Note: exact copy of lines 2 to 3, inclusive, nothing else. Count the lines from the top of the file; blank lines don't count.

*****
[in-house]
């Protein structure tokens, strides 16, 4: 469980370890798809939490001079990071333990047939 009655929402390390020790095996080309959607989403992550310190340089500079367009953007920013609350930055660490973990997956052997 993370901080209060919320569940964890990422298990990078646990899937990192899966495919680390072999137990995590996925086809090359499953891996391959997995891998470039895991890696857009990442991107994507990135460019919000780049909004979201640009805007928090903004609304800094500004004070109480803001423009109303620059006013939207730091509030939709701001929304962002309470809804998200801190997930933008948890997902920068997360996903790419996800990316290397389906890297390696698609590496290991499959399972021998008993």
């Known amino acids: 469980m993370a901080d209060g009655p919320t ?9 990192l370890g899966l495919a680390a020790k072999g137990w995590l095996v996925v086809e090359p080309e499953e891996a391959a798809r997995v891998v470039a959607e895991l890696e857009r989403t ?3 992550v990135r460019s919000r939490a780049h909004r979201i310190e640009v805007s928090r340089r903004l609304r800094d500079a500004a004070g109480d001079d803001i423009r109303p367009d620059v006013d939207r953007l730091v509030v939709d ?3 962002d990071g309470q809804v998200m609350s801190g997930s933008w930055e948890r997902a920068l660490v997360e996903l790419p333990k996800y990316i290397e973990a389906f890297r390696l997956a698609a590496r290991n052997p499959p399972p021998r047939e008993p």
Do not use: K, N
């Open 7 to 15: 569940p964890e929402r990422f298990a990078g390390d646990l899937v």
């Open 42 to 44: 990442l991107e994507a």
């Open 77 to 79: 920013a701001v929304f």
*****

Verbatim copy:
């Protein structure tokens, strides 16, 4: 469980370890798809939490001079990071333990047939 009655929402390390020790095996080309959607989403992550310190340089500079367009953007920013609350930055660490973990997956052997 993370901080209060919320569940964890990422298990990078646990899937990192899966495919680390072999137990995590996925086809090359499953891996391959997995891998470039895991890696857009990442991107994507990135460019919000780049909004979201640009805007928090903004609304800094500004004070109480803001423009109303620059006013939207730091509030939709701001929304962002309470809804998200801190997930933008948890997902920068997360996903790419996800990316290397389906890297390696698609590496290991499959399972021998008993």
């Known amino acids: 469980m993370a901080d209060g009655p919320t ?9 990192l370890g899966l495919a680390a020790k072999g137990w995590l095996v996925v086809e090359p080309e499953e891996a391959a798809r997995v891998v470039a959607e895991l890696e857009r989403t ?3 992550v990135r460019s919000r939490a780049h909004r979201i310190e640009v805007s928090r340089r903004l609304r800094d500079a500004a004070g109480d001079d803001i423009r109303p367009d620059v006013d939207r953007l730091v509030v939709d ?3 962002d990071g309470q809804v998200m609350s801190g997930s933008w930055e948890r997902a920068l660490v997360e996903l790419p333990k996800y990316i290397e973990a389906f890297r390696l997956a698609a590496r290991n052997p499959p399972p021998r047939e008993p």